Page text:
Panasonic Eco Solutions will be demonstrating two new products at Intersolar Europe, which takes place between 10th and 12th June 2015 in Munich: the N285 solar module from the highly efficient HIT® Series and a lithium-ion battery domestic storage system. In addition, the Japanese company this year celebrates 40 years of developing photovoltaic cells. Decades of experience in cell and module research and PV manufacturing have resulted in extremely high-quality modules with very high efficiency. Panasonic is one of the few module manufacturers that are already producing photovoltaic modules based on pioneering heterojunction technology. In doing so, the advantages of crystalline and thin film technology are incorporated to achieve peak module efficieny.
Improved performance using a more compact module
Panasonic developed the N285 solar module, which has nominal power of 285 watts, specifically for installations on residential and commercial buildings. One of the most important developments compared with the Panasonic N240 and N245 products, on which the N285 module is based, is the inclusion of highly efficient heterojunction cells in a more compact format. With dimensions of 1463 x 1053 mm the new module is particularly suitable for portrait roof installations. This means that there is room for more solar modules on a domestic roof, while on flat roofs of commercial buildings less room is needed between module rows. Private operators and traders will benefit from increased solar performance. Furthermore, the module has four shading zones instead of three reducing the risk of performance losses resulting from shading.
Battery storage for homes and energy suppliers
The PV-battery storage system from Panasonic is the perfect complement to existing and new solar systems on residential buildings. The AC-coupled, single-phase system contains long-established, high-performance lithium-ion batteries from Panasonic and has a storage capacity of 6.8 kWh. By means of the it´s compact design (dimensions: 1380 x 966 x 278 mm), the storage unit can be readily installed in small spaces. By making use of intermediate storage the user can increase their self-sufficiency using the solar power they have themselves produced and so reduce their energy costs. Furthermore, thanks to its emergency power function, users are protected from the consequences of power outages on the public network.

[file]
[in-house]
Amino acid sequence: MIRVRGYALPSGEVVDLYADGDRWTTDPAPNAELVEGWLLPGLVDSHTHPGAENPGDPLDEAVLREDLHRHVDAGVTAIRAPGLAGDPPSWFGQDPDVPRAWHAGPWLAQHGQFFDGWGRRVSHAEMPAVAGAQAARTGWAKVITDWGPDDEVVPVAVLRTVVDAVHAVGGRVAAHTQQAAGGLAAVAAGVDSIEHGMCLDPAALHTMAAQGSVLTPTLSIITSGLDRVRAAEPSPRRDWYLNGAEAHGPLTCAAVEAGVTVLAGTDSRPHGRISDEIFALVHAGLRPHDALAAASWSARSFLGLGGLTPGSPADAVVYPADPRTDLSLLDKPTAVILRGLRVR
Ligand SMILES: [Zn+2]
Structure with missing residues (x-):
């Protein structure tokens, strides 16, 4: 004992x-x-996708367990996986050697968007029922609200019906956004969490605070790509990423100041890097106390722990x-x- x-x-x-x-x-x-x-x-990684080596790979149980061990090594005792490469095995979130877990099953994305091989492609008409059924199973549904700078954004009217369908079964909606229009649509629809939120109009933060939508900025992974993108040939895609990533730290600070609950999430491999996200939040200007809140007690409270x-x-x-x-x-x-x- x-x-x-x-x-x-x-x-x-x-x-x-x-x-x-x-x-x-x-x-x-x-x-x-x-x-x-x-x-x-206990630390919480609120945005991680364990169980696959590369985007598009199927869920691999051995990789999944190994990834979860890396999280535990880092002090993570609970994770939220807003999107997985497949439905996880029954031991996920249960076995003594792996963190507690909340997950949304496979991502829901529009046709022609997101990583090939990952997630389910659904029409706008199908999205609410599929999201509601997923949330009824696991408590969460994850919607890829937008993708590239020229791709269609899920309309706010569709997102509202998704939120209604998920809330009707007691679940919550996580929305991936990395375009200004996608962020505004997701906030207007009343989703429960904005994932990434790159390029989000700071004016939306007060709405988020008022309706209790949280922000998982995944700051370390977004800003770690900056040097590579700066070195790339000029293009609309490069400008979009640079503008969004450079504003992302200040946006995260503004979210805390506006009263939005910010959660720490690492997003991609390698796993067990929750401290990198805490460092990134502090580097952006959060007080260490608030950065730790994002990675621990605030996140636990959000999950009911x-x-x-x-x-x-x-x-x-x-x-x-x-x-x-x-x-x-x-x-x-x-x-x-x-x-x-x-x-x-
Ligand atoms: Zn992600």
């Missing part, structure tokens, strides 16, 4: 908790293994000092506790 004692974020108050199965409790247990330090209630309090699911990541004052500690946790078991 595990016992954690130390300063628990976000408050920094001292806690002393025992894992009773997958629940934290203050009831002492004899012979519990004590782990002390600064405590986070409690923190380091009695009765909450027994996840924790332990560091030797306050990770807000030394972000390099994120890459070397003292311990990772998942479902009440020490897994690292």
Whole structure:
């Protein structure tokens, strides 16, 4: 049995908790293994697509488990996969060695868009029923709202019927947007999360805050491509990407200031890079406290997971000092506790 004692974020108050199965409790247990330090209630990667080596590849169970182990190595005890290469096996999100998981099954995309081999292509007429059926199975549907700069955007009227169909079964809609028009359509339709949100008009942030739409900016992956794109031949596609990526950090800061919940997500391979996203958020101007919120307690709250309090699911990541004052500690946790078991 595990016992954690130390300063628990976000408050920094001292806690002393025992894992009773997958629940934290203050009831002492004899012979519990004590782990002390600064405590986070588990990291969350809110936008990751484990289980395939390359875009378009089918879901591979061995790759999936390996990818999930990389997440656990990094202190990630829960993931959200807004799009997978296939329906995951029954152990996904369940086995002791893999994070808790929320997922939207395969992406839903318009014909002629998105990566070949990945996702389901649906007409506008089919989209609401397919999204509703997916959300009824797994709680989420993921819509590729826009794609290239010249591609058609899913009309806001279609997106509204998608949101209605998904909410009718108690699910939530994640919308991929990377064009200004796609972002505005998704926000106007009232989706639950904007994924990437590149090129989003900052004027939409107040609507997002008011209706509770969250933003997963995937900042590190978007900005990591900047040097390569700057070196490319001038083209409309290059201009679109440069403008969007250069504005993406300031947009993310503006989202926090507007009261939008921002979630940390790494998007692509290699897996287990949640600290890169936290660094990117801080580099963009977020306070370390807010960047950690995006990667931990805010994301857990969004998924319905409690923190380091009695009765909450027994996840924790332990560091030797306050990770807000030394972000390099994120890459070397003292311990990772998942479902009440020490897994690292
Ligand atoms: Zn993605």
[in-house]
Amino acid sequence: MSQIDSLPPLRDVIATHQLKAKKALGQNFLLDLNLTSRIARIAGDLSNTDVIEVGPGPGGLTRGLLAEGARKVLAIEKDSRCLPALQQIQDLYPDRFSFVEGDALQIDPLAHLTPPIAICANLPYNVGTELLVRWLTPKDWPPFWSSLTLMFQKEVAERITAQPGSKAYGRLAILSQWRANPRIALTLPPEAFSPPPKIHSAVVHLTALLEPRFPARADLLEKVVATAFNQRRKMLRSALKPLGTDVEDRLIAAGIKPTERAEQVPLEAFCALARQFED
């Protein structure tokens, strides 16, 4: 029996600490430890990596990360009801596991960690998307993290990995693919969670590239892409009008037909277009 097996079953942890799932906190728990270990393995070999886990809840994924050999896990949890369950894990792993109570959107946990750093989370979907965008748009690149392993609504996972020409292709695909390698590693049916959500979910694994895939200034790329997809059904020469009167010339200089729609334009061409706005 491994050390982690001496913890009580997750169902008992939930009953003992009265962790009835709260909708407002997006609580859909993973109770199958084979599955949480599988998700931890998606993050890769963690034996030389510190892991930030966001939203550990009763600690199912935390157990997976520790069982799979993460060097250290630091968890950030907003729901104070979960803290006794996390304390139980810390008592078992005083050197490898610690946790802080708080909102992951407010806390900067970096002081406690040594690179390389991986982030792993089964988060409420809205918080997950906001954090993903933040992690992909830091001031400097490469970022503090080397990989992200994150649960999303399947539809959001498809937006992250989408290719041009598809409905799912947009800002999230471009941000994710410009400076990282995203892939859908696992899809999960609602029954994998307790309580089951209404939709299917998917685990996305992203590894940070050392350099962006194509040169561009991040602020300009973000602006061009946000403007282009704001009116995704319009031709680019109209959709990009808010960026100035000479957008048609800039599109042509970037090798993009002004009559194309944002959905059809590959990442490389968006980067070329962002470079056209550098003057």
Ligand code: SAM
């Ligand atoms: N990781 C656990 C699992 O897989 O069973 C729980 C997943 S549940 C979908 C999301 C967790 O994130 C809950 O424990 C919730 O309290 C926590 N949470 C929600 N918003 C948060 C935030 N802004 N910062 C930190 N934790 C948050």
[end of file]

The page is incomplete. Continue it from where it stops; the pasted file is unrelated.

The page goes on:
During development Panasonic has also taken into account the interests of energy suppliers that are developing ever-increasing decentralised energy supply solutions using third party regenerative systems. By interconnecting and benefiting from private storage systems energy suppliers can increase the flexibility of their energy supply. Storage units contribute to network stability and allow load management, so that investment in the development of local networks can be reduced.
40 years of research into cells
Following its acquisition of Sanyo's solar business in 2012 Panasonic looks back this year on 40 years of cell development and manufacturing experience. Sanyo began developing amorphous silicon solar cells as early as 1975. In 1997 the Japanese company introduced the first modules of HIT to the market. The technology combines the properties of crystalline and thin-film cells with the goal of increasing solar performance. In Panasonic's products HIT thin monocrystalline wafers are surrounded by an ultra-thin amorphous silicon layer. As a result, the modules have excellent temperature characteristics, optimal low-light performance and maximum efficiency. According to the field tests carried out, the performance of Panasonic PV modules is 8 percent higher than that of conventional mono-crystalline (c-Si) solar modules. Due to high-quality production standards, the warranty claim rate is also extremely low. Since they were first placed on the European market more than ten years ago, the number of warranty claims up to January 2015 was only 0.0038 percent of the number of modules sold.
The new Panasonic products are showcased at Stand A2.160 at Intersolar Europe, between 10th and 12th June 2015.